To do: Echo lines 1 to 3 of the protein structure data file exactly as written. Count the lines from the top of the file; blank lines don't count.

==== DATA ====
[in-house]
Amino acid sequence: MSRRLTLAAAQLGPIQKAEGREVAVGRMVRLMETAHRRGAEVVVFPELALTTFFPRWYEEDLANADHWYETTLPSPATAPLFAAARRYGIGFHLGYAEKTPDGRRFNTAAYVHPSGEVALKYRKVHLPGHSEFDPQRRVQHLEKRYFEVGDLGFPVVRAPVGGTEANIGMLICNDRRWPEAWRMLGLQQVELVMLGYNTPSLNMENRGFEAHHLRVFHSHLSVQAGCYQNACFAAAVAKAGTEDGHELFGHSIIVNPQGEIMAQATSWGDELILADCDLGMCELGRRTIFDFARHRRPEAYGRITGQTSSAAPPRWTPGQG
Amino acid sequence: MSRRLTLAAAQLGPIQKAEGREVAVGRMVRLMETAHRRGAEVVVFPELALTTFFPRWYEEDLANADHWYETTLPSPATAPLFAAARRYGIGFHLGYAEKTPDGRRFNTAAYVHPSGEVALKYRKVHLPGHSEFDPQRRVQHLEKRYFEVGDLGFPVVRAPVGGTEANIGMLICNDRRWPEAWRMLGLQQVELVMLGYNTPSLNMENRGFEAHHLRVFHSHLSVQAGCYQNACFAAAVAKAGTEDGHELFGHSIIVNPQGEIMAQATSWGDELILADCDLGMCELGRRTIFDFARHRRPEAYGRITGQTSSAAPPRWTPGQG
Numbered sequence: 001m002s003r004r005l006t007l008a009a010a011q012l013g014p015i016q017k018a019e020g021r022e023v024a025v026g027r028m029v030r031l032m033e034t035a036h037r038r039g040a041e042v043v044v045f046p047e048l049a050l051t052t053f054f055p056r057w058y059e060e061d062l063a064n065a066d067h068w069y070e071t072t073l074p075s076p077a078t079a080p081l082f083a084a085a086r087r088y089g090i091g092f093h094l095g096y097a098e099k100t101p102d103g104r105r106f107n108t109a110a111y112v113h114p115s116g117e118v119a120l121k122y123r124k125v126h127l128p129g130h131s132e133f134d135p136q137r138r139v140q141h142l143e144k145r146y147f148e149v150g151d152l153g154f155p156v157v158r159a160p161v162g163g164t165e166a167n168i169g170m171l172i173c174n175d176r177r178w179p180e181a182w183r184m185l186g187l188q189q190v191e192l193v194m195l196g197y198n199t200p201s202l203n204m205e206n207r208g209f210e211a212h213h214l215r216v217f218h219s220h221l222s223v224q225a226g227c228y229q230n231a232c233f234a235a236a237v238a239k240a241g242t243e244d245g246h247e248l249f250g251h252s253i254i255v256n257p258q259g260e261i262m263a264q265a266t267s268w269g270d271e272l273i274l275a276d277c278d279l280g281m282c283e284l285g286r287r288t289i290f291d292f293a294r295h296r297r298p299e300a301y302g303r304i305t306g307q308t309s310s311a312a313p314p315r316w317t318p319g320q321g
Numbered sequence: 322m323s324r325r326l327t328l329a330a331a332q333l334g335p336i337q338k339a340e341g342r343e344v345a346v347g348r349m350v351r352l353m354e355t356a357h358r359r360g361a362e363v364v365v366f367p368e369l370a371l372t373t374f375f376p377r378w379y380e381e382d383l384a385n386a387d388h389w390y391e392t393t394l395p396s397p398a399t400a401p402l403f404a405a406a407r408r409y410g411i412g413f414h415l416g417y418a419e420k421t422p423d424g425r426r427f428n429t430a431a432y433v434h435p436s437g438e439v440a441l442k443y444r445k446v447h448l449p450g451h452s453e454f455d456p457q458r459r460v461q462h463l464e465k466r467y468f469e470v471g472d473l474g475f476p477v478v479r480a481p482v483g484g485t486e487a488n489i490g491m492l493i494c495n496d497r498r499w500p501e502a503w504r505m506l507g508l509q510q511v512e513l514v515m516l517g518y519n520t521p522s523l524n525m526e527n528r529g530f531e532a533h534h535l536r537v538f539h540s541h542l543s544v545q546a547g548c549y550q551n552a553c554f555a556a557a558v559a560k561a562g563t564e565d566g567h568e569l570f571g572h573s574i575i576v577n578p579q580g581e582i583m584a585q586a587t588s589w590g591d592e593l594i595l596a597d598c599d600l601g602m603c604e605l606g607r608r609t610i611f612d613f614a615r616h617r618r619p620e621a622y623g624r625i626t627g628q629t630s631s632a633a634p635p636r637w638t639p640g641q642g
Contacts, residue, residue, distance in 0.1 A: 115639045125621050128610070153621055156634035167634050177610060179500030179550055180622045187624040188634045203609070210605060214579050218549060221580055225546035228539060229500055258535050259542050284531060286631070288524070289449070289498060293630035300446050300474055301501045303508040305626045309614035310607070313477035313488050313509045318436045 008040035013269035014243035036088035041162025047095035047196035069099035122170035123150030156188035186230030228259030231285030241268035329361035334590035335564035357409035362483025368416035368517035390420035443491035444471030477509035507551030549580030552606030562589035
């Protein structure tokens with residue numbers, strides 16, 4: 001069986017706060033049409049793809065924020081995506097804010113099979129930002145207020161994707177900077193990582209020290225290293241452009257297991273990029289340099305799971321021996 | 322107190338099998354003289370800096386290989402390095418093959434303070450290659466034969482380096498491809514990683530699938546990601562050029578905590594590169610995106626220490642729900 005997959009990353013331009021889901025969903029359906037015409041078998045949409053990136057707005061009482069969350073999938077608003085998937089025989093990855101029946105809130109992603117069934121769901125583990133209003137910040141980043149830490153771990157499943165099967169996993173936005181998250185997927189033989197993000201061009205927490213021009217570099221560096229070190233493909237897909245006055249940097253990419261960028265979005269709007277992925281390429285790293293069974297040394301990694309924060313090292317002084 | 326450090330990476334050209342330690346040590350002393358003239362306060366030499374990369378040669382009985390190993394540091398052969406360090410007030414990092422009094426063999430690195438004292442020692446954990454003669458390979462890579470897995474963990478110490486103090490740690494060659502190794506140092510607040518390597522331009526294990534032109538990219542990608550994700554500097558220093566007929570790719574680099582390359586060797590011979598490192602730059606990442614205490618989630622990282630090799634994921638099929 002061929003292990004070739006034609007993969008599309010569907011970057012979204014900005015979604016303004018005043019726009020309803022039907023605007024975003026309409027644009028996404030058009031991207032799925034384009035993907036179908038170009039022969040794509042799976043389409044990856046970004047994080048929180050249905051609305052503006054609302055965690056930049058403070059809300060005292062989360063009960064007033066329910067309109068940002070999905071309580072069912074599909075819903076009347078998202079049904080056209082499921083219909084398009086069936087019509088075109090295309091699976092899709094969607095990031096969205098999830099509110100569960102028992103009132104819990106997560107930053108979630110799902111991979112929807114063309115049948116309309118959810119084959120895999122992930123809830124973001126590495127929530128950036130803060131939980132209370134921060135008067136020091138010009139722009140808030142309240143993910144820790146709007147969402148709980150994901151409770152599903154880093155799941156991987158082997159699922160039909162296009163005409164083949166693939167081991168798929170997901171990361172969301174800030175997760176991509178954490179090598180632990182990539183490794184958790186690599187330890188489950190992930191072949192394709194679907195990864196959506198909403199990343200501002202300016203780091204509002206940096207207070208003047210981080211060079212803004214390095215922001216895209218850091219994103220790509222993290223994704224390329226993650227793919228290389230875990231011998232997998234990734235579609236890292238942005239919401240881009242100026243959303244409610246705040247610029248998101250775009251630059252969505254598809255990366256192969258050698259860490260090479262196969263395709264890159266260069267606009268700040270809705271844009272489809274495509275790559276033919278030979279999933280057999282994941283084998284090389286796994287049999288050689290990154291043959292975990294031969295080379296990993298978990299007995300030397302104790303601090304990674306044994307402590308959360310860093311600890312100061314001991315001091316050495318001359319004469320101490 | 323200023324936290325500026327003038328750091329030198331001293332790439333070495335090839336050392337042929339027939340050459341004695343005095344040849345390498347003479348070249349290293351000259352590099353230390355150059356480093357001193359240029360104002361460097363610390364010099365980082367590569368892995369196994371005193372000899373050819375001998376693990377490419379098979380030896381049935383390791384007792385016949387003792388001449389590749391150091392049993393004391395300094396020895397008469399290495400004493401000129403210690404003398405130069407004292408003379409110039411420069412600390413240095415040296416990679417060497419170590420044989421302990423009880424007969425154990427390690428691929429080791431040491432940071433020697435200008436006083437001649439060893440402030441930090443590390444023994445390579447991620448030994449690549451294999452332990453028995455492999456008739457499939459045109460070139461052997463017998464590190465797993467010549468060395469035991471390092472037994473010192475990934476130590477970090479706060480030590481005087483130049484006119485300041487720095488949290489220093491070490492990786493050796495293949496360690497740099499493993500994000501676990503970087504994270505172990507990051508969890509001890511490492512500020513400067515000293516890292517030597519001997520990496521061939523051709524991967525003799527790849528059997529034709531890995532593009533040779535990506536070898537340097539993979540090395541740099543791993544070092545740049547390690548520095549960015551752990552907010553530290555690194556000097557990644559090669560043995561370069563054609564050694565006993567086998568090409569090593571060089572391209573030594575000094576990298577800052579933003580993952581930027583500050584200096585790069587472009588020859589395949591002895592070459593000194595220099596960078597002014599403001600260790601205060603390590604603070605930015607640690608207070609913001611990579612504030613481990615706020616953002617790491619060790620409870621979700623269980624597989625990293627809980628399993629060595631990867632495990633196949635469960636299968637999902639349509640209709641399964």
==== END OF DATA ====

[in-house]
Amino acid sequence: MSRRLTLAAAQLGPIQKAEGREVAVGRMVRLMETAHRRGAEVVVFPELALTTFFPRWYEEDLANADHWYETTLPSPATAPLFAAARRYGIGFHLGYAEKTPDGRRFNTAAYVHPSGEVALKYRKVHLPGHSEFDPQRRVQHLEKRYFEVGDLGFPVVRAPVGGTEANIGMLICNDRRWPEAWRMLGLQQVELVMLGYNTPSLNMENRGFEAHHLRVFHSHLSVQAGCYQNACFAAAVAKAGTEDGHELFGHSIIVNPQGEIMAQATSWGDELILADCDLGMCELGRRTIFDFARHRRPEAYGRITGQTSSAAPPRWTPGQG
Amino acid sequence: MSRRLTLAAAQLGPIQKAEGREVAVGRMVRLMETAHRRGAEVVVFPELALTTFFPRWYEEDLANADHWYETTLPSPATAPLFAAARRYGIGFHLGYAEKTPDGRRFNTAAYVHPSGEVALKYRKVHLPGHSEFDPQRRVQHLEKRYFEVGDLGFPVVRAPVGGTEANIGMLICNDRRWPEAWRMLGLQQVELVMLGYNTPSLNMENRGFEAHHLRVFHSHLSVQAGCYQNACFAAAVAKAGTEDGHELFGHSIIVNPQGEIMAQATSWGDELILADCDLGMCELGRRTIFDFARHRRPEAYGRITGQTSSAAPPRWTPGQG